But layaway gets a bad rap because of its limitations. Personal finance pro Dave Ramsey explains two major drawbacks:
- You’re locked into your price. Even if an item goes on sale again -- or you find it somewhere else cheaper -- you’re stuck with the price you agreed to for your layaway plan.
- Decide you don’t want those items anymore? You get your money back, but the retailer keeps your layaway fee and charges you a cancellation fee.
And then there’s a matter of comparing the layaway fee to the interest you’d pay if you used a credit card to take everything home right away. Louis Hyman explained it best in the New York Times:
Imagine a mother going to Wal-Mart on Oct. 17 and buying $100 worth of Christmas toys. She makes a down payment of $10 and pays a $5 service fee. Over the next two months she pays off the rest.
In effect, she is paying $5 in interest for a $90 loan for two months: the equivalent of a credit card with a 44 percent annual percentage rate, a level most of us would consider predatory.
OK, so layaway isn’t great for small purchases. But if you’re spending a few hundred dollars (or more) on holiday gifts, layaway might be an option for you.
PJ McIlvaine, a tech support specialist in Mt. Sinai, New York, fondly recalls using layaway to budget for holiday gifts in the late 1990s and early 2000s. She doesn’t recall having to pay a fee for programs at stores like Walmart and Target.
“It appealed to me because I could start my holiday shopping early and avoid the last minute hassle and aggravation of standing on line,” she said. “Also, I could finish the bulk of my shopping in one swoop.”
Even better: PJ’s husband often received a holiday bonus, which the couple used to pay off remaining layaway payments with one visit. For her family, layaway was a budgeting option that didn’t leave her waiting anxiously for that holiday bonus.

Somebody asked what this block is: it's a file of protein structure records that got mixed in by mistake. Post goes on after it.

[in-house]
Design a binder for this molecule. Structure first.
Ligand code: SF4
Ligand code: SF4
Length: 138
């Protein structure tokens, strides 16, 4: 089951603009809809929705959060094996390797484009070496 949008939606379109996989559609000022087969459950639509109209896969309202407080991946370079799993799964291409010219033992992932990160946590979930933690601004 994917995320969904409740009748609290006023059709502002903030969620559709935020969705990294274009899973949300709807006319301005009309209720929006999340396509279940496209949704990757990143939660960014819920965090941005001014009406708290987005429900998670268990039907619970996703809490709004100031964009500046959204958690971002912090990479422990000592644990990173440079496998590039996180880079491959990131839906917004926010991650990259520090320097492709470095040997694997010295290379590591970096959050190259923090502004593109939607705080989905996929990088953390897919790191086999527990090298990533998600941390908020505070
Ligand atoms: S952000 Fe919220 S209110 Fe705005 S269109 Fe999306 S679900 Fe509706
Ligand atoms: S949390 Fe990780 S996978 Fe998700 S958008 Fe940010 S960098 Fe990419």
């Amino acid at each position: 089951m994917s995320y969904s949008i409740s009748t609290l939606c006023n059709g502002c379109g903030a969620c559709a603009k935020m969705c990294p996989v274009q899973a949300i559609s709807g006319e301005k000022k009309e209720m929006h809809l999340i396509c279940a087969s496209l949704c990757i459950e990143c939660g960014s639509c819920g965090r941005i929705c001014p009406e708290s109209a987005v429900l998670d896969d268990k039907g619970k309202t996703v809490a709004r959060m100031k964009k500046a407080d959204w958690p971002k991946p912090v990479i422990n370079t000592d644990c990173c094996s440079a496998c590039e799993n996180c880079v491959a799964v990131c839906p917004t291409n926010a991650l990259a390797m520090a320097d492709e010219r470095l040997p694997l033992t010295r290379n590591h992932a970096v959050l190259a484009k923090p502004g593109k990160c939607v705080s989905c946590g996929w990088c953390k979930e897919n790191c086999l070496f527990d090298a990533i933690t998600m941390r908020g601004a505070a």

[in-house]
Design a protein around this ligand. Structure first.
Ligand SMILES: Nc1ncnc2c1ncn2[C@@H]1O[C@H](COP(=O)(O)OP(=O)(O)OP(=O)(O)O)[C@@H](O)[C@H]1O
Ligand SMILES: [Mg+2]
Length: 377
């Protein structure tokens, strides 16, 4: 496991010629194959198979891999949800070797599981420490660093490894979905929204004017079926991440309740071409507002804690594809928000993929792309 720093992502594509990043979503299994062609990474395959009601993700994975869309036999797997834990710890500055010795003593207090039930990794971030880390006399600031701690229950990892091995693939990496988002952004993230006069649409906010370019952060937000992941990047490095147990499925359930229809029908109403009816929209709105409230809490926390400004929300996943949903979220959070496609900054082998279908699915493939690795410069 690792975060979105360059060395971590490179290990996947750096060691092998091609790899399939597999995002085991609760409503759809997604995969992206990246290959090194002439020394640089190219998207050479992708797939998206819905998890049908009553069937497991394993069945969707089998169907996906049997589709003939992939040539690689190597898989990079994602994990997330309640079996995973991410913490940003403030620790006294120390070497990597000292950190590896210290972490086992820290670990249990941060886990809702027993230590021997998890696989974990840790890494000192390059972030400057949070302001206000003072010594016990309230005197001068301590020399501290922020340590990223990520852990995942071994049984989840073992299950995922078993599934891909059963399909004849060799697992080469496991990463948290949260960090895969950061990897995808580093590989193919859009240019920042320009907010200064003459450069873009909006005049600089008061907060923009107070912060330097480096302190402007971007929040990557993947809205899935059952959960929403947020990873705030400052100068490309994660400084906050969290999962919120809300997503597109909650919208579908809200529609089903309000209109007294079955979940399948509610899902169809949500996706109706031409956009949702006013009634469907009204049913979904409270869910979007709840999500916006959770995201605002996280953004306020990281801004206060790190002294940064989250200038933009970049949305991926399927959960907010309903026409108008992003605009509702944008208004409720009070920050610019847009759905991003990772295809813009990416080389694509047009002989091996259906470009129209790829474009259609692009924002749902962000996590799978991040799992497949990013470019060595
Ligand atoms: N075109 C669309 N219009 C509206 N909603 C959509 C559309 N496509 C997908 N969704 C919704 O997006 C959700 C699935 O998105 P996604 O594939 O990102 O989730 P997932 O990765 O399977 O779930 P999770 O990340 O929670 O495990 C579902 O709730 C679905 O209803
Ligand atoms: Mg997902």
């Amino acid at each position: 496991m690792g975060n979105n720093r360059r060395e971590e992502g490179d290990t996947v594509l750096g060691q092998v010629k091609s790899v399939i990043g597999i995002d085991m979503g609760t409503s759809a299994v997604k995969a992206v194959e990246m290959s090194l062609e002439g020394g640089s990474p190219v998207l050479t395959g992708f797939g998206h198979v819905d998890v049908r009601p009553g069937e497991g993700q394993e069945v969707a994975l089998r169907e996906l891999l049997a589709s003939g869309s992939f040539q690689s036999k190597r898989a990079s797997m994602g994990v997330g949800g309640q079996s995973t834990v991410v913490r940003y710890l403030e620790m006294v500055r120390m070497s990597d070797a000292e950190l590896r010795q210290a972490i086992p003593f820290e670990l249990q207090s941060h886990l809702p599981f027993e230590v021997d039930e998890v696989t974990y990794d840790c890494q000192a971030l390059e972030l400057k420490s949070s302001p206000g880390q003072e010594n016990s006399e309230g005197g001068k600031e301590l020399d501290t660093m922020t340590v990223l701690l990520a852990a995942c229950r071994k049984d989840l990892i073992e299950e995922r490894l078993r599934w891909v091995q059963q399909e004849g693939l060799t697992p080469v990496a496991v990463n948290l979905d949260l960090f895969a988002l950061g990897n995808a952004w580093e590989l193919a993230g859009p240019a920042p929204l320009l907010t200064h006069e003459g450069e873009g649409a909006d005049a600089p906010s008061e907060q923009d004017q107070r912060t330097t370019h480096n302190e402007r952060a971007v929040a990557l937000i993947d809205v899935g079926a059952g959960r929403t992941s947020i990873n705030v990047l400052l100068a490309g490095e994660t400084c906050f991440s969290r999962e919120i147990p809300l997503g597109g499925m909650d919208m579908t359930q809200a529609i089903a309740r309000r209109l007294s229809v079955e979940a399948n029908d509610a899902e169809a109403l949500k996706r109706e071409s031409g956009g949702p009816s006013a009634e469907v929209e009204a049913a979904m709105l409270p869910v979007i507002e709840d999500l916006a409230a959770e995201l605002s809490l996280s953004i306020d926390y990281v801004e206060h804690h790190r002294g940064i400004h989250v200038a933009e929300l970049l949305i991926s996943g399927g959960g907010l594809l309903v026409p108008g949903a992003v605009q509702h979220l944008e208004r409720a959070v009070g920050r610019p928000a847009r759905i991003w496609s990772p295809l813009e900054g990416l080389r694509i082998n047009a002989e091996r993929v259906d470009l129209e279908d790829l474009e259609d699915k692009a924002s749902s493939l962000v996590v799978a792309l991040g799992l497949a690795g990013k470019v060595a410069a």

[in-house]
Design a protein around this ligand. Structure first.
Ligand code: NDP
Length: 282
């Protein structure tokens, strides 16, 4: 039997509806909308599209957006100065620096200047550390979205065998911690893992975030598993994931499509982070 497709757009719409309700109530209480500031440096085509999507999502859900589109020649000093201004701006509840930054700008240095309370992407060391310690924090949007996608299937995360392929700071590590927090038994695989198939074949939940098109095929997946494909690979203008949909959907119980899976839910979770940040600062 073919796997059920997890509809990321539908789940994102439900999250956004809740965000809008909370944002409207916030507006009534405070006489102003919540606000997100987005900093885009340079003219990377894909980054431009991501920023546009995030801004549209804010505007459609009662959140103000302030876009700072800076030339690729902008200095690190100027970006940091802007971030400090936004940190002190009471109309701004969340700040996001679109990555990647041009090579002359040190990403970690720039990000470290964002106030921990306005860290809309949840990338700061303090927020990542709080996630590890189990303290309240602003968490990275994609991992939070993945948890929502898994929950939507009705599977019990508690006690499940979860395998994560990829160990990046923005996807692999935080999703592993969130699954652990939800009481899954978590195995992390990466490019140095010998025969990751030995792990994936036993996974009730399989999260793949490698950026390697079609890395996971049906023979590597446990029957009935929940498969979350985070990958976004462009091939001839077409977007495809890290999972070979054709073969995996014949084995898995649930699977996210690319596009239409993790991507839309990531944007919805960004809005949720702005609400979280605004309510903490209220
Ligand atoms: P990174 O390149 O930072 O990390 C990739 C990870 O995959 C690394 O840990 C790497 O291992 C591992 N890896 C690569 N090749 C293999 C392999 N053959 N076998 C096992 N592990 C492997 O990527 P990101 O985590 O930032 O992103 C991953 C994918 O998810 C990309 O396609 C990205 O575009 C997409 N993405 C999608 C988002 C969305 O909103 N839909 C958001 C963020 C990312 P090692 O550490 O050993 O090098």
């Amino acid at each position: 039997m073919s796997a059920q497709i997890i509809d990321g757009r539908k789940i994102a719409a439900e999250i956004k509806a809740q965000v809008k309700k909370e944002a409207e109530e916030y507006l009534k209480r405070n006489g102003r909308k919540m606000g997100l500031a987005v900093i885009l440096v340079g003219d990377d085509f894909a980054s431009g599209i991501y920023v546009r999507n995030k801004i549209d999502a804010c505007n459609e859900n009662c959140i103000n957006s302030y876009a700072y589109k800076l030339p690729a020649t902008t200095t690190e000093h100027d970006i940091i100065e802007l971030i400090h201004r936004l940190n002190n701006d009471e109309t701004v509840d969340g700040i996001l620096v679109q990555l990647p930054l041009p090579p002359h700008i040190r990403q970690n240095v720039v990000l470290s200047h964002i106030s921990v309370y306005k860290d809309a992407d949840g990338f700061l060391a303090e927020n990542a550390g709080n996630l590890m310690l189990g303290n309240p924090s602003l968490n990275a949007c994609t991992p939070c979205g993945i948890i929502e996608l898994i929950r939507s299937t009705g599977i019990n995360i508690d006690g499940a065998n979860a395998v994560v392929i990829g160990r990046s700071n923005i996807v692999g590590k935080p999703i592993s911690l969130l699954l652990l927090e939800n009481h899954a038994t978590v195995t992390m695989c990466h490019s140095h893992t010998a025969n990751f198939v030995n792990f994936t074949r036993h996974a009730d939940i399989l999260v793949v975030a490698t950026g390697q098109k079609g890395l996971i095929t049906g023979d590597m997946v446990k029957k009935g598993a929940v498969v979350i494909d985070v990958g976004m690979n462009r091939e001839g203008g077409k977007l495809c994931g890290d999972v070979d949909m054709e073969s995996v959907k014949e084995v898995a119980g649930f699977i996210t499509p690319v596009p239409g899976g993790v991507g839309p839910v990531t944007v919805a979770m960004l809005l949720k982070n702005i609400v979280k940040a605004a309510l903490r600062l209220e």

“I would absolutely do it again,” she said.
Want to Try Layaway? Here’s How to Do it Right
Ready to try layaway to budget for this holiday season? Here are some tips for doing it wisely:
- Make your budget and shopping list before you even walk into a store. Do some quick math to determine your down payment costs (most stores charge $10 or 10% of your total, whichever is higher) and any layaway fees.
- Read the fine print. Study each detail of the store’s layaway program before signing up. When you’re shopping on a budget, you don’t want any surprises. Note any cancellation fees or restocking fees that may apply if you don’t fulfill your payment plan.
- Choose a store that lets you pay your layaway online. Many programs require you to come into the store to pay your tab, either at customer service or at the register. But another trip to the store means more temptation to buy. Skip the trip and pay from home! The Krazy Coupon Lady's best layaway bets includes retailers that let you pay your balance online.
Your Turn: Have you ever paid for holiday gifts with a layaway program? Did you like this budgeting option?
Lisa Rowan is a writer, editor, and podcaster living in Baltimore. She hates Christmas creep.